Nanopore sequencing has enormous potential in epigenetic applications; unlike traditional sequencing-by-synthesis technologies, it can distinguish covalently modified nucleotides directly through their modulation of the electrolytic current. We can take advantage of the long read lengths generated by nanopore sequencing to precisely call methylation patterns, and to obtain phased methylation information across the genome. The promise of nanopore sequencing has already been demonstrated by the accurate calling of 5-methylcytosine in a CG context using hidden Markov models (nanopolish) and neural networks (Megalodon). We have now trained our models on other modified (non-canonical) nucleotides, focussing here on dam-mediated adenosine methylation (N6-mA). Methylated adenosine sequencing has applications in bacterial epigenetics as well as exogenous labeling in mammalian systems. In particular, the DamID method uses a dam enzyme fused to a protein of interest, e.g. nuclear lamina, resulting in labeling DNA proximal to the protein. We are able to detect this N6-mA modification simultaneously with 5mC, providing two distinct epigenetic signatures along long single DNA molecules. We applied this to mammalian cells treated by DamID to characterize lamin-associated domains (LADs). LADs showed on average significantly higher methylation profiles than other regions in our pipeline. Applying this model we can simultaneously measure phased nuclear positioning information (LADs) with DNA cytosine methylation (5-mC) using long reads. With this method, we have explored CTCF binding sites and CpG islands on the border of LADs to investigate their mechanism.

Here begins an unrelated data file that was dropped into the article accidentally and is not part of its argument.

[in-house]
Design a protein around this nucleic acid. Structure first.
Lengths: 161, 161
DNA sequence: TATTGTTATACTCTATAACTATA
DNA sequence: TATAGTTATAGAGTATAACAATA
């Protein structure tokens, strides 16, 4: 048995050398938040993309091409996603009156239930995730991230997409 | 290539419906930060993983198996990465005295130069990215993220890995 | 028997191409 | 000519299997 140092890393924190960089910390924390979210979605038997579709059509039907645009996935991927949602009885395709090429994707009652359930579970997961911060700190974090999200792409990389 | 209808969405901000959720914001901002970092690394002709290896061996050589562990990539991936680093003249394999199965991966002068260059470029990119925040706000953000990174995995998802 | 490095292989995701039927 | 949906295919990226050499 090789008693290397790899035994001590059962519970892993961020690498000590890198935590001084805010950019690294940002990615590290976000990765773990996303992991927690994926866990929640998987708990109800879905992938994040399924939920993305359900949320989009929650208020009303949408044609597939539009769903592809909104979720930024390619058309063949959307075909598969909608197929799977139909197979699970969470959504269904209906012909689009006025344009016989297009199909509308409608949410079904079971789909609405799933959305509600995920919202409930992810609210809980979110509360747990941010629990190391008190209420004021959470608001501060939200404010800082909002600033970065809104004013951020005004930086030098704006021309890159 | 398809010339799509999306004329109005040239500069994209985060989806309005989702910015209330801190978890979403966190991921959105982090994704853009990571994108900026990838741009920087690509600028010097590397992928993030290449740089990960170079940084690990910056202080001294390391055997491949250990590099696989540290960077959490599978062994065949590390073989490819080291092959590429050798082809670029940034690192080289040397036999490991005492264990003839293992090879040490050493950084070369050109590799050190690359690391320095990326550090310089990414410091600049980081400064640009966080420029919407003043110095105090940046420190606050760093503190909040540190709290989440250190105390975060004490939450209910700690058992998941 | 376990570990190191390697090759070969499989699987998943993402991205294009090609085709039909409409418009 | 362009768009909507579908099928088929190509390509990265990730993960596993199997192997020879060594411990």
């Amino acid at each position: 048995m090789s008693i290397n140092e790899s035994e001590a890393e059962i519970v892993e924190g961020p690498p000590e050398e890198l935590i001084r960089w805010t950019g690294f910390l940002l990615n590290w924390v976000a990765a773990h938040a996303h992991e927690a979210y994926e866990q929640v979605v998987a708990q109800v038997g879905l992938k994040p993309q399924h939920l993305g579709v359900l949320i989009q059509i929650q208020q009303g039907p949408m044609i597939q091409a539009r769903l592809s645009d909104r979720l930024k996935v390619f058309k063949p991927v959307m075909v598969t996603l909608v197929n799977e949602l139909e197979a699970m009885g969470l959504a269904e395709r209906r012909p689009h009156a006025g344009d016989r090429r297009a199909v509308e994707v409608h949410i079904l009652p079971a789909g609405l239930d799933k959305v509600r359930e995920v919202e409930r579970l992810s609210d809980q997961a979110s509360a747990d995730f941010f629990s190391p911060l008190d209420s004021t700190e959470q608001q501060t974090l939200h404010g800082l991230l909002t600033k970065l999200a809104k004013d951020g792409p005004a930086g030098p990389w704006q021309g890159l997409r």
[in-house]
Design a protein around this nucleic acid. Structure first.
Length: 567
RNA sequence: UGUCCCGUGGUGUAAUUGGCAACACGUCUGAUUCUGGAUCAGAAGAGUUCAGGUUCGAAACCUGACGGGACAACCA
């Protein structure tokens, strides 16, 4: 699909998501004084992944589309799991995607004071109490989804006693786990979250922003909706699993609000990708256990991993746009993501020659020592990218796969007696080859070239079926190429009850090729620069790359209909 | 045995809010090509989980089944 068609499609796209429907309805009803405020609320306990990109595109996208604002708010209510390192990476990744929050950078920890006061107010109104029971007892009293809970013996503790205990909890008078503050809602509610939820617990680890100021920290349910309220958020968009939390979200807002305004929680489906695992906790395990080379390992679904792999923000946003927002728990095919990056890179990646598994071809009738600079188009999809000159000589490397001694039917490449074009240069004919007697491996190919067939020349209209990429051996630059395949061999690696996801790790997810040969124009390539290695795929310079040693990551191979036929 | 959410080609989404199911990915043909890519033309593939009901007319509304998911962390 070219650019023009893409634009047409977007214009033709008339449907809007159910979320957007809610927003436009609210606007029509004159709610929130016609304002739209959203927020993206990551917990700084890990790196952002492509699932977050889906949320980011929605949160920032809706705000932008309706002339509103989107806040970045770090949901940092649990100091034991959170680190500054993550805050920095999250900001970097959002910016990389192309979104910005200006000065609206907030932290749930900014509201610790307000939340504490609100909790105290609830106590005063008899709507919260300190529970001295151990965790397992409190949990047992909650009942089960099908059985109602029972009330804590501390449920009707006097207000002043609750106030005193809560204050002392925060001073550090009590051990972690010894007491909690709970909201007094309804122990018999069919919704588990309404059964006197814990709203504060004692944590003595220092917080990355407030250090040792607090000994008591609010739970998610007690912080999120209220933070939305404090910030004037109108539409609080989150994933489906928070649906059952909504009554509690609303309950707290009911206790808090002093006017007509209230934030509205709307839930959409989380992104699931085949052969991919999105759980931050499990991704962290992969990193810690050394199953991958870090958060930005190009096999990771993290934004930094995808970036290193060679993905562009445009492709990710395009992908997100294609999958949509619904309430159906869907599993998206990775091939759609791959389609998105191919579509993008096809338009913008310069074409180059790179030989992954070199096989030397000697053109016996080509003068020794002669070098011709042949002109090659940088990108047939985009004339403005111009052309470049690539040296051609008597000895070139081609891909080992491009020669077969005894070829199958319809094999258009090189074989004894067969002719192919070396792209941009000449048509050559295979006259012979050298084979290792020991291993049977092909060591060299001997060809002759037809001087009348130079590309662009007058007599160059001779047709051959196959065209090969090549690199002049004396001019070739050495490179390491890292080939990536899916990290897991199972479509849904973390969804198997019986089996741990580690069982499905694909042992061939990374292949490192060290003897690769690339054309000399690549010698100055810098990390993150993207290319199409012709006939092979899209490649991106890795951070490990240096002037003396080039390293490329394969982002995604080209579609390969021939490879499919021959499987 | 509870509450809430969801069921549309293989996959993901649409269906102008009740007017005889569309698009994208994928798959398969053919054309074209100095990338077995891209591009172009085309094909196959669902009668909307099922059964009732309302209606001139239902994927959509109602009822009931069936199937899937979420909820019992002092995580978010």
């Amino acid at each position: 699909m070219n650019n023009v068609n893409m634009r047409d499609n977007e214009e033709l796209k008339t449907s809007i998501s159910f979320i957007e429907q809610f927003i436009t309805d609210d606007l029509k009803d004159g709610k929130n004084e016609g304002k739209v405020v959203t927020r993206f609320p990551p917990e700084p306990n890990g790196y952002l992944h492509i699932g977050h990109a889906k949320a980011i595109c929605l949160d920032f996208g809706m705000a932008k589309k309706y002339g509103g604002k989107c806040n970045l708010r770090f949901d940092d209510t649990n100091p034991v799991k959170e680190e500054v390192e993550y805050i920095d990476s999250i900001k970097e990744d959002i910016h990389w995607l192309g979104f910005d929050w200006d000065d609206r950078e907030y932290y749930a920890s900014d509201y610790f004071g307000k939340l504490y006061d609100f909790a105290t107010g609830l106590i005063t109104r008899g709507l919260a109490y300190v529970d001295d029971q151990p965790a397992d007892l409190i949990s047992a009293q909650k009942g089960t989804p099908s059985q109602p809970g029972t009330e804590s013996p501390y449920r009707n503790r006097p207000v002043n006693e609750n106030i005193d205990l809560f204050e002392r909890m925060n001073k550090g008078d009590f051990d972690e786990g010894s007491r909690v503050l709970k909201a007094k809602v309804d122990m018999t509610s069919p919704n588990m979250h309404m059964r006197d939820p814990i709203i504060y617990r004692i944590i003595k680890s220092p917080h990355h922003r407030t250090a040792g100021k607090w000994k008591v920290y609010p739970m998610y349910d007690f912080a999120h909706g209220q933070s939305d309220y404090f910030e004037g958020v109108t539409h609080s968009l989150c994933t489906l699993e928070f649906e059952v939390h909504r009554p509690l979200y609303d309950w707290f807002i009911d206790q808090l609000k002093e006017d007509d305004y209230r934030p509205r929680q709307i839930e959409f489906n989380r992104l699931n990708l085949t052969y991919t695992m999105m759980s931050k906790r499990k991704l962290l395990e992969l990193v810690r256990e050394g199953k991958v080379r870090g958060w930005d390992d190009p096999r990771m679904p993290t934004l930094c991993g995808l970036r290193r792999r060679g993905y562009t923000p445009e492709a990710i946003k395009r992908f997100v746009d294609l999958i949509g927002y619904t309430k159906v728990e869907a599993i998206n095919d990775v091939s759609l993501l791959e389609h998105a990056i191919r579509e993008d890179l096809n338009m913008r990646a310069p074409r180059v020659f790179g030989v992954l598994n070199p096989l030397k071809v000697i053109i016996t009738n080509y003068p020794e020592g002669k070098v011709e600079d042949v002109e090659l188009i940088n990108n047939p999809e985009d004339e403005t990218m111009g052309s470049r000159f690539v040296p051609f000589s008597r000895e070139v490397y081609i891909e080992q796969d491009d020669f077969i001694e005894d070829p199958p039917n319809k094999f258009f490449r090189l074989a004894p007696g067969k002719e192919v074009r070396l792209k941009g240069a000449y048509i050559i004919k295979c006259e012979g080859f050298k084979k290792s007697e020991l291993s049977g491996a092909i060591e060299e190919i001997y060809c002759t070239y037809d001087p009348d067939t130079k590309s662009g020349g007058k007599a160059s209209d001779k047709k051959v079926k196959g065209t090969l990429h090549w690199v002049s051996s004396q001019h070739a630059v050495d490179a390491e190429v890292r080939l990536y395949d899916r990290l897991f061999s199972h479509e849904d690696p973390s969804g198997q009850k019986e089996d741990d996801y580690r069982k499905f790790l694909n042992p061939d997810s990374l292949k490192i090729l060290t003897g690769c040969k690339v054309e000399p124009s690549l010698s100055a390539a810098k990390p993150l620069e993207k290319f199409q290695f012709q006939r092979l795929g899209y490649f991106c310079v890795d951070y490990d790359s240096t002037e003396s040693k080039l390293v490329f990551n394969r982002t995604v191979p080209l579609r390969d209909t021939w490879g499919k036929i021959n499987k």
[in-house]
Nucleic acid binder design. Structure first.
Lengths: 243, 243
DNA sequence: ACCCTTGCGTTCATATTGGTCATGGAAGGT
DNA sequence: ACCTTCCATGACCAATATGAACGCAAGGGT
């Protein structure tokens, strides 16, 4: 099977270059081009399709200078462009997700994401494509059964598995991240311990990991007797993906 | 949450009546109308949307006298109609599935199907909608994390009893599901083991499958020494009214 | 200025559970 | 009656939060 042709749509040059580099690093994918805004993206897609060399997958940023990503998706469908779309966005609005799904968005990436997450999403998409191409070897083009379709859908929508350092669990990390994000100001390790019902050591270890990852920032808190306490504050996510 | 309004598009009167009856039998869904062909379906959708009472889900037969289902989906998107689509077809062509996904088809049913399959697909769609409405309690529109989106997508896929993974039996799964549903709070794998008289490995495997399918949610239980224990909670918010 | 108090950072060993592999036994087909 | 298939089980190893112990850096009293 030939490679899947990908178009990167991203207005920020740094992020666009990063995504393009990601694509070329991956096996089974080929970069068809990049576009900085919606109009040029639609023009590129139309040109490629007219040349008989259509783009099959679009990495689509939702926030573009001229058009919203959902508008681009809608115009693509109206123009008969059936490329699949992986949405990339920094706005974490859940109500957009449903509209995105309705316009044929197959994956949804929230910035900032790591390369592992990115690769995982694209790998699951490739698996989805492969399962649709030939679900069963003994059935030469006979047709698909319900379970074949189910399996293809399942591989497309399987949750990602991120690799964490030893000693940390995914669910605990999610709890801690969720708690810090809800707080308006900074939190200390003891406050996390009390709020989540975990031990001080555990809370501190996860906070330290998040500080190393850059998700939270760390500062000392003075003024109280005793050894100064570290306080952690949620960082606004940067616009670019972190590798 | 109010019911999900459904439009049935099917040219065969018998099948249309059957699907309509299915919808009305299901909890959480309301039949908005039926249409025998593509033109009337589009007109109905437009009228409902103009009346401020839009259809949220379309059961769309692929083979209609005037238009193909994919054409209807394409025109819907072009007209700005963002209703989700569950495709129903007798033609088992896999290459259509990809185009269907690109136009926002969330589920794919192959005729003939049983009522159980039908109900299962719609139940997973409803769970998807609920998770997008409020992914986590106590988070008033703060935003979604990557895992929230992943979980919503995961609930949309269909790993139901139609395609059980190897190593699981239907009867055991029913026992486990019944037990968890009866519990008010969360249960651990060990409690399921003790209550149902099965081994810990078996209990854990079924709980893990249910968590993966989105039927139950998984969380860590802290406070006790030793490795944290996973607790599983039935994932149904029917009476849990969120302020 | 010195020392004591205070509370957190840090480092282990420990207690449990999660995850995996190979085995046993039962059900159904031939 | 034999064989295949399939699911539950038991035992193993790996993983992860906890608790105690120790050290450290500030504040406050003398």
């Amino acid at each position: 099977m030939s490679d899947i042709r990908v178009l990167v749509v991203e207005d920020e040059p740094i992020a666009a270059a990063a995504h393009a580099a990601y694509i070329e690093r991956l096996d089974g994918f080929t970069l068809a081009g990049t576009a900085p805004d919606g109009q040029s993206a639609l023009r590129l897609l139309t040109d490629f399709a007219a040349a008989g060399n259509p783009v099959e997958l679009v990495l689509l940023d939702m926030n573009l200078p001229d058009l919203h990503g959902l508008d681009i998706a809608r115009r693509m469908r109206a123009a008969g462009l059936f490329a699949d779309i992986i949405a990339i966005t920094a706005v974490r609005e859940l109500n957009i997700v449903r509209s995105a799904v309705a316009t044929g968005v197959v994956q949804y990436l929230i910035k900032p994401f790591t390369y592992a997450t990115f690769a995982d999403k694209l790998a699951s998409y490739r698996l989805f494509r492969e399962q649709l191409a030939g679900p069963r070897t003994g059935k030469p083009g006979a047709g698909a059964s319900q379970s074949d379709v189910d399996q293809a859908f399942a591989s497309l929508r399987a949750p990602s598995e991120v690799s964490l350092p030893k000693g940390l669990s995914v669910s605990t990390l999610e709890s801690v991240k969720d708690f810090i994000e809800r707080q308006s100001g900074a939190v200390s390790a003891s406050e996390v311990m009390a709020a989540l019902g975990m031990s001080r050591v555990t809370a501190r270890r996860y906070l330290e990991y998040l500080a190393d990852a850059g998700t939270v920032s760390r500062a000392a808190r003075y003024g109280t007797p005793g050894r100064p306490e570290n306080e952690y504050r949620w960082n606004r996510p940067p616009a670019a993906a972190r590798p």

1. Base modification detection using nanopore sequencing
2. Simultaneous profiling of DNA methylation and lamina-associated domains